The hotel is about 15 minutes’ walk from the Passeig de Gràcia, in an area once devoted to all things clothing. Hidden walkways between the hotel and other buildings are brimming with coffee shops and tapas bars.
Barcelona Airport is 25 minutes away by car; arrange a private transfer with the hotel for around €80 each way, or taxis generally cost around €35 each way. You can also take the Aerobus to Plaça de Catalunya, which is 600 metres from the hotel; tickets cost €5.95. Girona Airport, 75 minutes away by car, is the next closest airport; private transfers cost €250 each way.
Sants Station is 20 minutes away by car; arrange a private transfer with the hotel for €70 each way.
On-site parking is available for €18 a day, but we think the hustle and bustle of Barcelona is best enjoyed when not behind a steering wheel.
Worth getting out of bed for
Shopping opportunites abound on nearby Passeig de Gràcia: pick up quirkily patterned shirts and dresses at Brava and squee-worthy duds for little Smiths at Picnik. If you’re more in the mood for food-based browsing, head to traditional food market La Boqueria. There’s no shortage of Gaudí-sights to see, especially if it’s your first time in the city: La Sagrada Familia, Parc Güell and Casa Batlló should definitely be on your to-visit list. When you’ve exhausted your limbs walking around the city, turn to Aire de Barcelona Spa for a pampering hammam treatment.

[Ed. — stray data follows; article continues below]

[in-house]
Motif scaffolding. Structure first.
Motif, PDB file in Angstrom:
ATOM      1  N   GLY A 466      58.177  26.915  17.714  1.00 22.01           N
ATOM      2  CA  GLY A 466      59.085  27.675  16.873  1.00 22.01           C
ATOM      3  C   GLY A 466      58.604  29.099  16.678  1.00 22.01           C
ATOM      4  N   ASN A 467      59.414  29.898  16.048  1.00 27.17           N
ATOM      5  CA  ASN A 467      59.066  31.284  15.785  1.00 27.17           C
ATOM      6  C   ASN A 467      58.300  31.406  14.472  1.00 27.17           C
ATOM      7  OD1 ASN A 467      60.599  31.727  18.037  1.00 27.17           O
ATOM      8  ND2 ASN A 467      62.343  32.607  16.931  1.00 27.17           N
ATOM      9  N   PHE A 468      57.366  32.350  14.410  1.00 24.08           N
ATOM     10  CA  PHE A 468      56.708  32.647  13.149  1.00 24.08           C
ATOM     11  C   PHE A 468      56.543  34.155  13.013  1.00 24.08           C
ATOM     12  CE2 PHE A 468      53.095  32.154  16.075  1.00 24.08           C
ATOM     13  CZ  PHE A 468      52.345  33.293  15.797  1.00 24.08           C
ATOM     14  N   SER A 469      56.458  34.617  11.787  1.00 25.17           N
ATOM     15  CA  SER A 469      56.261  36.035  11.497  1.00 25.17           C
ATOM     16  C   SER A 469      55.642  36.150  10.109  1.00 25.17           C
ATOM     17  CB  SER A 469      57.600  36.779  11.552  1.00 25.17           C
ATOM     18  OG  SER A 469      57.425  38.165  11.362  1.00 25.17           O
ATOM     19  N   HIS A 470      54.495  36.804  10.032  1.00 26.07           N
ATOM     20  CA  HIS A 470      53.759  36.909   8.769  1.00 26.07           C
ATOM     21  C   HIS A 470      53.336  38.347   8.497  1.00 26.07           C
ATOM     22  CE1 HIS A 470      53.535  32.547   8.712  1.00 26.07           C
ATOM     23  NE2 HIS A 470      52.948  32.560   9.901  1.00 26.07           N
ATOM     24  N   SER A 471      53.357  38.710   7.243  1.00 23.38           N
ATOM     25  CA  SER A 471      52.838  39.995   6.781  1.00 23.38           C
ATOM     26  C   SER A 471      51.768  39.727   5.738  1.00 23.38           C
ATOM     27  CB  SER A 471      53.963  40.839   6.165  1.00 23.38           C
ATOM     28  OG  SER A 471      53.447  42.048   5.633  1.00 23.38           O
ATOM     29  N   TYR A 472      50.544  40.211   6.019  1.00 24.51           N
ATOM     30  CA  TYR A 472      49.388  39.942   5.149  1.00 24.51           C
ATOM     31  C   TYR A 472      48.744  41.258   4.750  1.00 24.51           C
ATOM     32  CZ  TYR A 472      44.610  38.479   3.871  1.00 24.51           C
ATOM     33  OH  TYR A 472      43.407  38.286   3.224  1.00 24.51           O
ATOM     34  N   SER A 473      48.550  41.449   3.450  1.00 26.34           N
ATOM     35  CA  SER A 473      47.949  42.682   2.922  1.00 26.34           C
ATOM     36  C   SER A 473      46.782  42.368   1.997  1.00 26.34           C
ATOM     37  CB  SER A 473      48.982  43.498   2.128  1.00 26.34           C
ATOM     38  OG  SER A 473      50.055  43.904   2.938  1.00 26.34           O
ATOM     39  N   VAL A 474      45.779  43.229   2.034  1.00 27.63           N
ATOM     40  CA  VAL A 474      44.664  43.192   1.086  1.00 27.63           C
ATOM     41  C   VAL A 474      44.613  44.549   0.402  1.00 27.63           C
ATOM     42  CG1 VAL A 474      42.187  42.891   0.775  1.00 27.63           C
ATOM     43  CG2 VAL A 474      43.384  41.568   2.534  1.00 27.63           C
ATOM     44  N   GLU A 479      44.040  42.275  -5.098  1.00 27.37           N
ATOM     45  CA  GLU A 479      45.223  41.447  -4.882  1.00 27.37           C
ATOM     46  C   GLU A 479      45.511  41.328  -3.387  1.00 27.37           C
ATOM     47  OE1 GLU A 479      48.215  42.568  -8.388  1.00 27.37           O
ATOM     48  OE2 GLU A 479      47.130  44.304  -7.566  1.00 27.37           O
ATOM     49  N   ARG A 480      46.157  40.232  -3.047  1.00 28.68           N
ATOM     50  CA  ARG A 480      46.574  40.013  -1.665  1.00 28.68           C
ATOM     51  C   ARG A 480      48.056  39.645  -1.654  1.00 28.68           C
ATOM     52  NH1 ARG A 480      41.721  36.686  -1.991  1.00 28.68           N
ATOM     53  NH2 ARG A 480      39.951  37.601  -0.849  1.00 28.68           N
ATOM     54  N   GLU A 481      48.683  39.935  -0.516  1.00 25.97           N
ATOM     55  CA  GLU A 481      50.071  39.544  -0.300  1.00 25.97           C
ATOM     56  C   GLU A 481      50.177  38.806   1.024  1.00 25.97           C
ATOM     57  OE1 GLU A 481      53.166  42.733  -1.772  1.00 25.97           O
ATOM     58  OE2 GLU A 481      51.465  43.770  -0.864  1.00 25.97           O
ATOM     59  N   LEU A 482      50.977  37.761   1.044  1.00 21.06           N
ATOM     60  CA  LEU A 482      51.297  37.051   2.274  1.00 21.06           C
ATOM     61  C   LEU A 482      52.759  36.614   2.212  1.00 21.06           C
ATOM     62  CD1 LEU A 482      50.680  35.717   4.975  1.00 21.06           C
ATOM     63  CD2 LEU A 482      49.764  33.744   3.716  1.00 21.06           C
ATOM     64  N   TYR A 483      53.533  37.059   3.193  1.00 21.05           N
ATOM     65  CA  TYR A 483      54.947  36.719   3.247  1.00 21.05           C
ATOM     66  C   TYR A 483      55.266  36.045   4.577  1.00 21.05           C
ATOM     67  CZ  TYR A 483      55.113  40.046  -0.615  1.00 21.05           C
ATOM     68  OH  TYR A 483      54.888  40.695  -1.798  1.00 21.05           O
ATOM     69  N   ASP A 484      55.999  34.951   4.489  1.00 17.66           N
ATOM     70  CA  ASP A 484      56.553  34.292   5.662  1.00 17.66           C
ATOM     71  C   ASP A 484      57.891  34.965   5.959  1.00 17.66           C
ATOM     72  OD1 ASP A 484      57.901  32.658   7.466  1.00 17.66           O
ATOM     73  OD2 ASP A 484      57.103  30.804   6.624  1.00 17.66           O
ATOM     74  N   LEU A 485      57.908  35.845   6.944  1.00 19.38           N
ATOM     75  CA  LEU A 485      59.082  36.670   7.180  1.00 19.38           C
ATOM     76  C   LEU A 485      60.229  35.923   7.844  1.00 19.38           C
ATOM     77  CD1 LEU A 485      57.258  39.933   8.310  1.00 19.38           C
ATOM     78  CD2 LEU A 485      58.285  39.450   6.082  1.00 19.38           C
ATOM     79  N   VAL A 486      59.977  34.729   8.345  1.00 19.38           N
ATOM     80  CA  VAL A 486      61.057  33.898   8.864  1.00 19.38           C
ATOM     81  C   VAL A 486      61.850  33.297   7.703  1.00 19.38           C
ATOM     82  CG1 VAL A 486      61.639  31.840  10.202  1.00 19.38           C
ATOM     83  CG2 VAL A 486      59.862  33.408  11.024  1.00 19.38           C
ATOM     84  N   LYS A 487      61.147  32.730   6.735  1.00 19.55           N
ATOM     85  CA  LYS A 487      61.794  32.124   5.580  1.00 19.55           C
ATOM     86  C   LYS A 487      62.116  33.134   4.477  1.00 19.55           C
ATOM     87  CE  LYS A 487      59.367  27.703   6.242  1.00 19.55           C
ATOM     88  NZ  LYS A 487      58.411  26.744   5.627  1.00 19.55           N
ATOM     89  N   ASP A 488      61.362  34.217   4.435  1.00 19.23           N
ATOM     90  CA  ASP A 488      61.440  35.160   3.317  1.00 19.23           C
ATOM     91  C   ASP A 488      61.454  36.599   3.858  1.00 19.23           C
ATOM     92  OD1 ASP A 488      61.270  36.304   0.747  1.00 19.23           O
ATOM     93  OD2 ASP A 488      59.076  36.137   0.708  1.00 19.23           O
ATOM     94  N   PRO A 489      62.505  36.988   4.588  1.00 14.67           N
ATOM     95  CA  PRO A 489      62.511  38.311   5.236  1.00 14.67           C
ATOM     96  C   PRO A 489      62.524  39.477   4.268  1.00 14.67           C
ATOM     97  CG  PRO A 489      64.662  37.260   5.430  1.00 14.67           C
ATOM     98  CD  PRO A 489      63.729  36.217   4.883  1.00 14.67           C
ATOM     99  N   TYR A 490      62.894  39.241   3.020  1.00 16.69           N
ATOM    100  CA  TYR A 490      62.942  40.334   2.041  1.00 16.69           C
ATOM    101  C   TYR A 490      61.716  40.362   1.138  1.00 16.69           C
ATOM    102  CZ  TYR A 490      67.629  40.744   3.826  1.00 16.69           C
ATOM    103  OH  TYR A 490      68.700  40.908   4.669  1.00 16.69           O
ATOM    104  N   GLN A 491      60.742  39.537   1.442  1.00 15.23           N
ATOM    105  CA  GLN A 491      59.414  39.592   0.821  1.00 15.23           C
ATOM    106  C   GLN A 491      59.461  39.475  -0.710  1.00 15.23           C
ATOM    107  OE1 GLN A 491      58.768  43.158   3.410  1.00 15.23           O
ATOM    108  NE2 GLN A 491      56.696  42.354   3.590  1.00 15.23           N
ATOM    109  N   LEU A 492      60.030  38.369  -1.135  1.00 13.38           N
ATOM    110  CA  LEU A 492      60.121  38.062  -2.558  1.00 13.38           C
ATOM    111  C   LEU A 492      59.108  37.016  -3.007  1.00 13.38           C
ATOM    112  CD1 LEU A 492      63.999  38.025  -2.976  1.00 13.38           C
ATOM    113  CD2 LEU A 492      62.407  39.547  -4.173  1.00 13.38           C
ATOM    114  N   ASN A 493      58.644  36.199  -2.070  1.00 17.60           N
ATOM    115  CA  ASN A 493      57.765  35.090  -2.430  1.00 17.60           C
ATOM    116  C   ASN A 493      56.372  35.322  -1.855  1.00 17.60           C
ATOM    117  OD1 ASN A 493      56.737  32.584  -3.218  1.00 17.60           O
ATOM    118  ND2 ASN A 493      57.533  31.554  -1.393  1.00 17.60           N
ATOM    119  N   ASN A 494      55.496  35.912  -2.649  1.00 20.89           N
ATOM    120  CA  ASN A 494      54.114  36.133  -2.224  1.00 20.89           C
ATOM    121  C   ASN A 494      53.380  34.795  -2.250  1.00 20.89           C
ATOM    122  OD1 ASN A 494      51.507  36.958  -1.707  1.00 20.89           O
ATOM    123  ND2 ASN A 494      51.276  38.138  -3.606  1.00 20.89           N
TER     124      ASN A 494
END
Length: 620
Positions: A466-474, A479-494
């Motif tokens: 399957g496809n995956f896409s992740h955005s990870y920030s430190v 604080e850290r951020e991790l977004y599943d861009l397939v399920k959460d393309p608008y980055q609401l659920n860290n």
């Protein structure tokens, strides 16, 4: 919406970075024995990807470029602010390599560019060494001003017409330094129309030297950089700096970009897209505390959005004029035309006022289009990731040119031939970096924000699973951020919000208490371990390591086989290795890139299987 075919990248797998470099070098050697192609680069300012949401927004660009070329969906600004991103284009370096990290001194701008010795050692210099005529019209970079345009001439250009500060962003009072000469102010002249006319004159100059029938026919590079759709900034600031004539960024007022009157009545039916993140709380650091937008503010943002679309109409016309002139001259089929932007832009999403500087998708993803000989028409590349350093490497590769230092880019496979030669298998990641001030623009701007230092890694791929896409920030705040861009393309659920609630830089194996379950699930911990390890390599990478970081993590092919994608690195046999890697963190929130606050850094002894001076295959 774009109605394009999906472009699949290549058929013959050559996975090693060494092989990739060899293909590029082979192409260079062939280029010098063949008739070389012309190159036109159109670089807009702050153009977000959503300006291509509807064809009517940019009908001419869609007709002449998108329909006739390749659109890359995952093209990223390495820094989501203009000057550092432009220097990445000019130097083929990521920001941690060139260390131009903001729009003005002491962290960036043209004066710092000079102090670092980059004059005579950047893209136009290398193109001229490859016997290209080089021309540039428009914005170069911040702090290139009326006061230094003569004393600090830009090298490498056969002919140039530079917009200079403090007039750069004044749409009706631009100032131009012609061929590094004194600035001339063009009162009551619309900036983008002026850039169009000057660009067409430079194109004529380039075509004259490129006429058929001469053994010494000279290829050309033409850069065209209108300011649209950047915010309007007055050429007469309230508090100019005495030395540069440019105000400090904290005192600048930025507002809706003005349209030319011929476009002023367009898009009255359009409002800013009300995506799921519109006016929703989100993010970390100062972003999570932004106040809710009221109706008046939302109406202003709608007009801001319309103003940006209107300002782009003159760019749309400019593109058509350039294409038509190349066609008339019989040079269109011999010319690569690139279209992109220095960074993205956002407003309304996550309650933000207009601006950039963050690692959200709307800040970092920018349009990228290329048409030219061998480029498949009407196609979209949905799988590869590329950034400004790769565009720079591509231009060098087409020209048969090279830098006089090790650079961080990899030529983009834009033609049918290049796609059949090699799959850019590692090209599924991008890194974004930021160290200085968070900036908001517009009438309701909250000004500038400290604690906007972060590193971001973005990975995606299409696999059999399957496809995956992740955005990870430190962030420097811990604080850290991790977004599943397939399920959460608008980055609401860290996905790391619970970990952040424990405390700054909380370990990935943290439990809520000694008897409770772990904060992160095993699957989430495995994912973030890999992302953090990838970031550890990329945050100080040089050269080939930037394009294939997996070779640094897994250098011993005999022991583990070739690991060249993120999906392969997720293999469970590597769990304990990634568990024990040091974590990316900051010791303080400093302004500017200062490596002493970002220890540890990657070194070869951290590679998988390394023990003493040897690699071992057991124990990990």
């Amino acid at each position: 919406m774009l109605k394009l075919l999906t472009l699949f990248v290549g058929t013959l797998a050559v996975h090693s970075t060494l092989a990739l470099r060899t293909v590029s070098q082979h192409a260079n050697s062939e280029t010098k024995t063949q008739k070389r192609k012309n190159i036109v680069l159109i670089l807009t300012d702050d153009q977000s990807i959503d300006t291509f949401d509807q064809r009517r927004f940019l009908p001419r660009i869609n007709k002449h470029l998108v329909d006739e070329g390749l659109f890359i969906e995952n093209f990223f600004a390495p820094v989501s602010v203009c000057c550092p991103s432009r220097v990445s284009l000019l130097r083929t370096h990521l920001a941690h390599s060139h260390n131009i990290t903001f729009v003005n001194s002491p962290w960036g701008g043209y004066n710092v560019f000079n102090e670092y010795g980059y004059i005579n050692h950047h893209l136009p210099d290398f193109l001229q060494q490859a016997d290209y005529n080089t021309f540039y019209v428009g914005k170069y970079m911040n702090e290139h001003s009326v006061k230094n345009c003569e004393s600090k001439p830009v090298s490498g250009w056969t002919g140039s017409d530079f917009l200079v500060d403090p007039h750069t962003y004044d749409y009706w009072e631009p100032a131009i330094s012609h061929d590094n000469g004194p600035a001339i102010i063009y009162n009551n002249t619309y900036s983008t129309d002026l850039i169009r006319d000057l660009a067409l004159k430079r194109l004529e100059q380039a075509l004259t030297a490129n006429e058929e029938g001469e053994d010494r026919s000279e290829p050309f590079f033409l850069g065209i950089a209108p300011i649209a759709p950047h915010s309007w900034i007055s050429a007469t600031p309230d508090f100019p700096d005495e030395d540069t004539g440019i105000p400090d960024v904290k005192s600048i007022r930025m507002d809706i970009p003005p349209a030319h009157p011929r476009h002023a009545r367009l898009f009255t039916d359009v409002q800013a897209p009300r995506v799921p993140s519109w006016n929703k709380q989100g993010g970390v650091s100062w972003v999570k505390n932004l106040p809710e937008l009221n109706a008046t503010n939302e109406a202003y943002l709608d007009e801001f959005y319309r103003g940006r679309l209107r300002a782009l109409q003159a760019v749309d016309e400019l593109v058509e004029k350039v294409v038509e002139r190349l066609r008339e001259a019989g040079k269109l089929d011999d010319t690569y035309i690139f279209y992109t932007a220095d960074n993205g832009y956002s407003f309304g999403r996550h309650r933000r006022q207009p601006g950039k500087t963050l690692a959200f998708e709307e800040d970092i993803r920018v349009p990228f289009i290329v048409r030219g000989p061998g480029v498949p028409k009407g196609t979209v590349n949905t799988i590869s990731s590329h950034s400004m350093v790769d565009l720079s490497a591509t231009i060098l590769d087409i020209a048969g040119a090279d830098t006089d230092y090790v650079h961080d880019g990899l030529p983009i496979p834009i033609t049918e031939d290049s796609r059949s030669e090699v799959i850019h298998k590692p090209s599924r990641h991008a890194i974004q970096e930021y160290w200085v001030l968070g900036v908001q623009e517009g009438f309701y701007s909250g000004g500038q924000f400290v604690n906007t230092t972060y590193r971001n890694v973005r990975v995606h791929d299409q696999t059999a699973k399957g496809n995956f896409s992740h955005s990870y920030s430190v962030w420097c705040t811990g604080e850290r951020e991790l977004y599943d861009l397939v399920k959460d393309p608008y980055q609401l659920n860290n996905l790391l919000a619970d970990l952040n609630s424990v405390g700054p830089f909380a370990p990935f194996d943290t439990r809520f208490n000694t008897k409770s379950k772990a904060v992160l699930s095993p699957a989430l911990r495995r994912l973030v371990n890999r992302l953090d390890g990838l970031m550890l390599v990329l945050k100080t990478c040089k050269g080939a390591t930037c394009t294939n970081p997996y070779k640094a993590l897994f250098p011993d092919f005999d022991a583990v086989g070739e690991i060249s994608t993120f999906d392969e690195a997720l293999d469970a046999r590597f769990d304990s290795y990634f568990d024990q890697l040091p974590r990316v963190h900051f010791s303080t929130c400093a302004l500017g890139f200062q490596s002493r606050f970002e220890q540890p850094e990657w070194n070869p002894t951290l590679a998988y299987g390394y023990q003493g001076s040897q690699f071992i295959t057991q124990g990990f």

Relax with a stroll around city-central botanical spot Jardins de Mossen Costa i Llobera at the sea-facing foot of Montjuïc and marvel at the strange greenery, including rare cacti and palm trees.
For more things to do in Barcelona, check-out our private, insider-led
In the Catalan capital, the diminutive king of dining is undeniably the tapas plate. To get our fill, we like brick-walled and wood-beamed Llamber Restaurant, (5 Carrer de la Fusina, +34 933 19 6250) which serves them with a modern twist. At theatrical tapas bar Tickets (164 Avinguda del Paral·lel), dishes are served with drama, flair and a touch of whimsy. For an international angle, look to the dishes at Elsa y Fred (11 Carrer del Rec Comtal, +34 93 501 6611), which include salmon sashimi, and tiny, seven-tabled Bar Casa Xica: its owners are keen travellers to London and Japan and have created an Asian-Catalan cuisine hybrid. Casa Lolea (49 Carrer de Sant Pere Més Alt, +34 936 24 1016) pours vermouth with their tapas, and standing-room-only Quimet y Quimet (25 Carrer del Poeta Cabanyes +34 934 42 31 42) is worth the queue.
When you’ve had your fill of tiny sharing plates, make your way to Mercer Hotel Barcelona’s Dine Kresios, where Chef Guiseppe Iannotti serves modernised Mediterranean classics. For Michelin stars, make time for the 14- or 21-course tasting menu at ABaC Restaurant & Hotel, which includes Iberian suckling pig paired with mango tatin and bamboo-steamed foie gras.
Stop by specialty roasters Nomad Coffee (12 Passatge de Sert, +34 628 56 6235) for a silky smooth pick-me-up; you can buy a bag of beans to take home with you, too. Just two minutes’ walk from La Sagrada Familia, Le Coq and the Burg (8 Avinguda De Gaudí, +34 934 33 0908) is the place to go for egg-based brunches, mouthwatering burgers and cafés con leche.
Hidden away on a narrow street near Palau de la Música, the Antic Teatre Espai de Creació is a creative space used as a watering-hole for many locals; it also hosts a range of shows, including music and dance performances and a cinema series. For natural and biodynamic wines, check out Can Cisa (Bar Brutal) (14 Carrer de la Princesa, +34 932 954 797) or Bar del Pla (+34 932 683 003).